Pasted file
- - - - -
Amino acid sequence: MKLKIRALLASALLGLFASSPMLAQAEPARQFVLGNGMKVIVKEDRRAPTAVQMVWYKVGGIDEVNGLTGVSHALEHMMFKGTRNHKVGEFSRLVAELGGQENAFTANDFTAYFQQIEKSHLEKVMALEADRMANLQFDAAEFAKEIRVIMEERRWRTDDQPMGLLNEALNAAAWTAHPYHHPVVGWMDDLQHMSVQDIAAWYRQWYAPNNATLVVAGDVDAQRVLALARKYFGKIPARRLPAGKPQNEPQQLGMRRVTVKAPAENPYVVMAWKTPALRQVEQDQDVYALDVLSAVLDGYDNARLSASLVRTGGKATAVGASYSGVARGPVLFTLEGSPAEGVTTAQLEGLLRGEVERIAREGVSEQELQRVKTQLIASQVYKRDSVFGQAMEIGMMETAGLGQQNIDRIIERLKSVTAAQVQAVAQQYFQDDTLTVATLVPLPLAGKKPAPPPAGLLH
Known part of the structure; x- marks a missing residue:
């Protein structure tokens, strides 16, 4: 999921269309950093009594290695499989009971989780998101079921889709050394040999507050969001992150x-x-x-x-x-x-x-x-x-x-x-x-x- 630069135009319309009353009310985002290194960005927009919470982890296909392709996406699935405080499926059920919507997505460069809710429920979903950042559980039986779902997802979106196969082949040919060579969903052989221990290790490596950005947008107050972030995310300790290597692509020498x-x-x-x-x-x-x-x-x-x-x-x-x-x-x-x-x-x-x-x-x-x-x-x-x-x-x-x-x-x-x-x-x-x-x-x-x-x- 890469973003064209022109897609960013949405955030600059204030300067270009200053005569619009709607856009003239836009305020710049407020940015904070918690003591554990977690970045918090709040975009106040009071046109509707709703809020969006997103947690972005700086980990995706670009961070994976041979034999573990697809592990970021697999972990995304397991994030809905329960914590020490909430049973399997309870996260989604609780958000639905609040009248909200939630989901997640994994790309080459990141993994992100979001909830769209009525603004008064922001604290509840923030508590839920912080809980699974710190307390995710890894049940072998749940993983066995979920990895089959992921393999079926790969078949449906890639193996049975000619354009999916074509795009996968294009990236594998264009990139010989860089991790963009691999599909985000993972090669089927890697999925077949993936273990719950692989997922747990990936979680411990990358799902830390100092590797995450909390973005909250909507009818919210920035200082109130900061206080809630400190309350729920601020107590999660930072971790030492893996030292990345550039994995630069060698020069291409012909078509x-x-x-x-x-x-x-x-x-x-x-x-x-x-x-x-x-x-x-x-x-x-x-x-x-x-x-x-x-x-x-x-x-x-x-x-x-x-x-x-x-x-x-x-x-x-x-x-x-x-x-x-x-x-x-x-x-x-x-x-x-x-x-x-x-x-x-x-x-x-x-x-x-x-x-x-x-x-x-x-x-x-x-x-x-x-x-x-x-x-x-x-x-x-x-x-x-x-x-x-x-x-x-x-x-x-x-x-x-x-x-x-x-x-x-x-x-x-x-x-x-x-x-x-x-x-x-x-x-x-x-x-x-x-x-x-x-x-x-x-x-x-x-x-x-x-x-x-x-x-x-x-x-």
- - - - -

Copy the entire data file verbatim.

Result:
Amino acid sequence: MKLKIRALLASALLGLFASSPMLAQAEPARQFVLGNGMKVIVKEDRRAPTAVQMVWYKVGGIDEVNGLTGVSHALEHMMFKGTRNHKVGEFSRLVAELGGQENAFTANDFTAYFQQIEKSHLEKVMALEADRMANLQFDAAEFAKEIRVIMEERRWRTDDQPMGLLNEALNAAAWTAHPYHHPVVGWMDDLQHMSVQDIAAWYRQWYAPNNATLVVAGDVDAQRVLALARKYFGKIPARRLPAGKPQNEPQQLGMRRVTVKAPAENPYVVMAWKTPALRQVEQDQDVYALDVLSAVLDGYDNARLSASLVRTGGKATAVGASYSGVARGPVLFTLEGSPAEGVTTAQLEGLLRGEVERIAREGVSEQELQRVKTQLIASQVYKRDSVFGQAMEIGMMETAGLGQQNIDRIIERLKSVTAAQVQAVAQQYFQDDTLTVATLVPLPLAGKKPAPPPAGLLH
Known part of the structure; x- marks a missing residue:
């Protein structure tokens, strides 16, 4: 999921269309950093009594290695499989009971989780998101079921889709050394040999507050969001992150x-x-x-x-x-x-x-x-x-x-x-x-x- 630069135009319309009353009310985002290194960005927009919470982890296909392709996406699935405080499926059920919507997505460069809710429920979903950042559980039986779902997802979106196969082949040919060579969903052989221990290790490596950005947008107050972030995310300790290597692509020498x-x-x-x-x-x-x-x-x-x-x-x-x-x-x-x-x-x-x-x-x-x-x-x-x-x-x-x-x-x-x-x-x-x-x-x-x-x- 890469973003064209022109897609960013949405955030600059204030300067270009200053005569619009709607856009003239836009305020710049407020940015904070918690003591554990977690970045918090709040975009106040009071046109509707709703809020969006997103947690972005700086980990995706670009961070994976041979034999573990697809592990970021697999972990995304397991994030809905329960914590020490909430049973399997309870996260989604609780958000639905609040009248909200939630989901997640994994790309080459990141993994992100979001909830769209009525603004008064922001604290509840923030508590839920912080809980699974710190307390995710890894049940072998749940993983066995979920990895089959992921393999079926790969078949449906890639193996049975000619354009999916074509795009996968294009990236594998264009990139010989860089991790963009691999599909985000993972090669089927890697999925077949993936273990719950692989997922747990990936979680411990990358799902830390100092590797995450909390973005909250909507009818919210920035200082109130900061206080809630400190309350729920601020107590999660930072971790030492893996030292990345550039994995630069060698020069291409012909078509x-x-x-x-x-x-x-x-x-x-x-x-x-x-x-x-x-x-x-x-x-x-x-x-x-x-x-x-x-x-x-x-x-x-x-x-x-x-x-x-x-x-x-x-x-x-x-x-x-x-x-x-x-x-x-x-x-x-x-x-x-x-x-x-x-x-x-x-x-x-x-x-x-x-x-x-x-x-x-x-x-x-x-x-x-x-x-x-x-x-x-x-x-x-x-x-x-x-x-x-x-x-x-x-x-x-x-x-x-x-x-x-x-x-x-x-x-x-x-x-x-x-x-x-x-x-x-x-x-x-x-x-x-x-x-x-x-x-x-x-x-x-x-x-x-x-x-x-x-x-x-x-x-």